Apple at WWDC: iTunes era ends, subscription era begins

Apple at WWDC: iTunes era ends, subscription era begins iTunes has been instrumental in revolutionising the music industry since its launch in 2001. However, Apple has now decided to ditch iTunes as it seeks to push its media through separate music, TV and podcast apps. 

Apple has used its Worldwide Developer Conference (WWDC) 2019 to underline a significant shift in strategy. The company showcased new versions of iOS, MacOS, WatchOS and even launched a new Mac Pro, but the biggest news coming out of the event was undoubtedly the end of iTunes. The iconic media management software platform will be replaced by three desktop apps that iOS users are already familiar with – Apple Music, Apple TV and Apple Podcasts.

The transition from iTunes to the three standalone apps will take place later this year, with the launch of the new MacOS Catalina. Music libraries from iTunes will be migrated to the Apple Music app whilst movie and show purchases will be available in the Apple TV app. However, even though the iTunes app will not be available in its present form, the iTunes storefront will remain for purchasing music on Mac devices. In addition, the iTunes experience will not change for Windows users.

A lot of analysts had predicted the end of iTunes after Apple removed all the content from its iTunes pages on Facebook and Instagram, sparking speculation that the end is near. Nevertheless, iTunes has been fundamental to the Apple experience and had acted as the company’s digital hub for managing media. But Apple’s ‘everything software’ quickly turned into a bloated mess that was trying to do too many things. The rise of the iTunes model had coincided with Apple’s emphasis on hardware sales, however, as Apple transitions into a services company, ditching iTunes in favour of separate apps seems the correct approach.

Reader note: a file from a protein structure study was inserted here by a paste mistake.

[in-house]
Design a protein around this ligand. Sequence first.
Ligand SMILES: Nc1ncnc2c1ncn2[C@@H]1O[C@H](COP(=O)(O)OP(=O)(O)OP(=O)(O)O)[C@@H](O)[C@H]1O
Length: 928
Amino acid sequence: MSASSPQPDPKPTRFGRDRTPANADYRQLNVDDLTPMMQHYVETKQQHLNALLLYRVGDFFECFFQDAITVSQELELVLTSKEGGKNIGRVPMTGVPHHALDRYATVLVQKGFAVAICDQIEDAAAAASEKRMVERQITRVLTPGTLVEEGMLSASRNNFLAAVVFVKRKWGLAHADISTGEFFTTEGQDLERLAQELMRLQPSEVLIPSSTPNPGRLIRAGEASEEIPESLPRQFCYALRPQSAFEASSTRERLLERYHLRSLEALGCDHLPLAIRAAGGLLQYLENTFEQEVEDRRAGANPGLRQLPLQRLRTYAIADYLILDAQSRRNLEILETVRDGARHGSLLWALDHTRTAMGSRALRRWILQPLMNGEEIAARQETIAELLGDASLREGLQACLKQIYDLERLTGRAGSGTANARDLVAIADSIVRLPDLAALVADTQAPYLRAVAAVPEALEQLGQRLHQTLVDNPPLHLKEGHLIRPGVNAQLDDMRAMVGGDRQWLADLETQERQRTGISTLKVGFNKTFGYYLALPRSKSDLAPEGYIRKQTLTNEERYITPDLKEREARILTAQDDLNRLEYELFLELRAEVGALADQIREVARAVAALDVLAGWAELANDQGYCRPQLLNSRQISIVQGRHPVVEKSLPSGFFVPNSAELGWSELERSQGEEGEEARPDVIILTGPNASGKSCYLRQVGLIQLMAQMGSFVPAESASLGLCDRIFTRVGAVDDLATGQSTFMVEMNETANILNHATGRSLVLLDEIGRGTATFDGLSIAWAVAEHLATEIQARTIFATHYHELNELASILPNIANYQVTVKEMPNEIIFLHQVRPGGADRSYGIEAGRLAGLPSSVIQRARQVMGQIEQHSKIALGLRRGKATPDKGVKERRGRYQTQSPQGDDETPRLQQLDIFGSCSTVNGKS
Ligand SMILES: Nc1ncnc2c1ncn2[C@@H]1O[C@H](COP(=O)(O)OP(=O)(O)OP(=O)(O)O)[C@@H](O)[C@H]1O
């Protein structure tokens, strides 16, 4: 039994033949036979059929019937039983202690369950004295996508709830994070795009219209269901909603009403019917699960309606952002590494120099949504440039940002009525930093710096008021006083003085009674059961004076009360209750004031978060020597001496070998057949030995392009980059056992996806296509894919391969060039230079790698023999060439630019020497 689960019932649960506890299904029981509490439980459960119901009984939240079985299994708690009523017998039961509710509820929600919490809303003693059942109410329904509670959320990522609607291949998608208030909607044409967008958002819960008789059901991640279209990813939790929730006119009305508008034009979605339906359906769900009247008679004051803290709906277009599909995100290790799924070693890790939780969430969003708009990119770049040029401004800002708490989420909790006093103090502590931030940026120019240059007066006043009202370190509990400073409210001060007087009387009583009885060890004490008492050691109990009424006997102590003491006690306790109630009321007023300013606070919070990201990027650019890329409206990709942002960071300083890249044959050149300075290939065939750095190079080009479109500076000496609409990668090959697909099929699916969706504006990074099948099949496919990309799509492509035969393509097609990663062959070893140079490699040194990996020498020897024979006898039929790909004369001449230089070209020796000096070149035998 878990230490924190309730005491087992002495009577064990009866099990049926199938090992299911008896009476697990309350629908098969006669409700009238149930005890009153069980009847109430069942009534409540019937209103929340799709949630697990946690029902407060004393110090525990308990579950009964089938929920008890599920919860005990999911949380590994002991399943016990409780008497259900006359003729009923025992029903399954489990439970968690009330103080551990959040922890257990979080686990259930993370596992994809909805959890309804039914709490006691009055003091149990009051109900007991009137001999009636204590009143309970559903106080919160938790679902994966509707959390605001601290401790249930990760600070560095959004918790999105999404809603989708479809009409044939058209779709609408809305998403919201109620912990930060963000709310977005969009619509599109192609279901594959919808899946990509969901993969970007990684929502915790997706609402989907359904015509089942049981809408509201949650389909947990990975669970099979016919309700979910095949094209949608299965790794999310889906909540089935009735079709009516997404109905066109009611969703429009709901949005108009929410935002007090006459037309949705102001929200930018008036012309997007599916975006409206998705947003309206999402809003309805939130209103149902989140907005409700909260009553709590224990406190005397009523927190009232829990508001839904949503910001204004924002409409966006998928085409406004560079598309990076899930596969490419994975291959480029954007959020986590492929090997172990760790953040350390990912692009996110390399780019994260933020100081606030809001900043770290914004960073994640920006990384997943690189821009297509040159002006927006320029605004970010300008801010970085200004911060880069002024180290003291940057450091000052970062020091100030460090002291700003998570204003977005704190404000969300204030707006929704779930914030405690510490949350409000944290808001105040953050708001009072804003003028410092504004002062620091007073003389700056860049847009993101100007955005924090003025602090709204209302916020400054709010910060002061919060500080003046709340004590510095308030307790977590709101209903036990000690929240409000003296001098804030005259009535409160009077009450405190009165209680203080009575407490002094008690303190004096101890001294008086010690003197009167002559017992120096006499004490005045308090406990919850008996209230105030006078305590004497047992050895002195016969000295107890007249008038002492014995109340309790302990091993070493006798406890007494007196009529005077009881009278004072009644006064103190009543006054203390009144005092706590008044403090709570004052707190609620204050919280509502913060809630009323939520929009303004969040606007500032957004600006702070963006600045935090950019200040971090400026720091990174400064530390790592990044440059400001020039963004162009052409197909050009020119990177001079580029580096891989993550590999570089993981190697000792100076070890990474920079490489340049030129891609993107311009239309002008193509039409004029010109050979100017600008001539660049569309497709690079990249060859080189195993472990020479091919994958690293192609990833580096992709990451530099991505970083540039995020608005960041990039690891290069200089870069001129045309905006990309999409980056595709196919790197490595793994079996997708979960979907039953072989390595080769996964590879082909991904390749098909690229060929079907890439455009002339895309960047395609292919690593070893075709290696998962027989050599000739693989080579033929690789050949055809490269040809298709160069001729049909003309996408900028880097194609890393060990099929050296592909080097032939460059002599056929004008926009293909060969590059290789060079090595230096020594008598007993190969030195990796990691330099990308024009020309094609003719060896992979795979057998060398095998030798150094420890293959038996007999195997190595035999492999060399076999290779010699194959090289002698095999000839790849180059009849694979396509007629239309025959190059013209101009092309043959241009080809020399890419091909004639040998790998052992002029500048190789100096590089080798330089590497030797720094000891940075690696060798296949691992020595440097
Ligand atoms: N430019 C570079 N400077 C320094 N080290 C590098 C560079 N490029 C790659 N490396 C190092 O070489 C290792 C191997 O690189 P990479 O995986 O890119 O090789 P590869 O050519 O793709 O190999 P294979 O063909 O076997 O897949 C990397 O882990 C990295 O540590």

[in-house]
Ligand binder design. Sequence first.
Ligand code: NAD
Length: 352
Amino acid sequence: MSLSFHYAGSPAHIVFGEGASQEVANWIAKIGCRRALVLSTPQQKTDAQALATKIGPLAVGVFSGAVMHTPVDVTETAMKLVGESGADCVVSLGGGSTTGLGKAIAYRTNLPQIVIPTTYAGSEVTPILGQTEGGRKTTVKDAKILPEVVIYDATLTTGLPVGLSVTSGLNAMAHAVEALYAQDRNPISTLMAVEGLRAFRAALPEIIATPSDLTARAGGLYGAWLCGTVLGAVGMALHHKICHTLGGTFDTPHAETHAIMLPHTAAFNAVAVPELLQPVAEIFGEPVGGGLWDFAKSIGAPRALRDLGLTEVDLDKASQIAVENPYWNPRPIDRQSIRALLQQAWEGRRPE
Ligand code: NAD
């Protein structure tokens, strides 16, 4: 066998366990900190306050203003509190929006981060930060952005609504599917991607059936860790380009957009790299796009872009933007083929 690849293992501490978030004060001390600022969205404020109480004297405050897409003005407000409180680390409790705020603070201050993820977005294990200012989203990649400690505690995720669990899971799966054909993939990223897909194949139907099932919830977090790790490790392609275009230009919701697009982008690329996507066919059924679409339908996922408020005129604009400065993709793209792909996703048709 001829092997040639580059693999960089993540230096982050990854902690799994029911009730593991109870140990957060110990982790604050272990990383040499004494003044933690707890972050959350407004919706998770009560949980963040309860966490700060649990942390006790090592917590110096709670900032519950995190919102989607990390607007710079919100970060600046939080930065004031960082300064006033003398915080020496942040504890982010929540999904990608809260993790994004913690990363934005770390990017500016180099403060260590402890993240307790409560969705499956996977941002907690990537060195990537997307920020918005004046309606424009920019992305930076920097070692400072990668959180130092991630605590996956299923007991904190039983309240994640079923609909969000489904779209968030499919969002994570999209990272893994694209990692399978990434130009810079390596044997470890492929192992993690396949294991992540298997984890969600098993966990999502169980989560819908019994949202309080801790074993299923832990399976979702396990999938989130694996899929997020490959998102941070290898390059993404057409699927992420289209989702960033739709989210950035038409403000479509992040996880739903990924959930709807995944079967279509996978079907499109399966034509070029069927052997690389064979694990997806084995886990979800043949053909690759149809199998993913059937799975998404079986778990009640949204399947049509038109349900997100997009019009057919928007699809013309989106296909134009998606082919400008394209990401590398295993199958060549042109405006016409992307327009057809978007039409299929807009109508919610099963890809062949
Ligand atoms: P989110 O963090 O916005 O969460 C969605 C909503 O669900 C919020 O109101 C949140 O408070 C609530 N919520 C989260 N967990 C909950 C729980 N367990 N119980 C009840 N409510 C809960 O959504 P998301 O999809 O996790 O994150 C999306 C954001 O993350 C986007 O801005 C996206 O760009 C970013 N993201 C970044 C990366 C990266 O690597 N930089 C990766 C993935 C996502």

Apple’s Subscription Push

The year 2019 has been a big one for Apple. The company has pivoted from a pure hardware focus to a strategy where subscriptions and other services are being seen as increasingly important areas for future growth amidst dwindling iPhone sales. Apple has already launched Apple News+, with Apple TV+ and Apple Arcade in the pipeline.

In many ways, the death of iTunes is a direct result of the rise of music and video streaming services. Customer preferences have changed over the years and users are no longer interested in owning music and videos. Instead, they are happy to stream content with lower data costs and fast internet access making this a viable proposition. Music streaming services such as Spotify offer easy ways to organise music through playlists. In addition, automated recommendations based on data make music discovery an exciting process. Netflix does something very similar in the video streaming space.

Moreover, digital media subscriptions are on the rise with online music and video revenues being increasingly dominated by subscriptions. Apple’s new standalone apps in these areas align with its current push for services around the company’s large ecosystem. The Cupertino-based giant has already tasted subscription success with Apple Music, and as it looks to enter the video streaming and gaming industries, it seeks to push boundaries yet again. Will the legion of Apple fans take to its new services just as they have taken to its devices? We will wait of watch!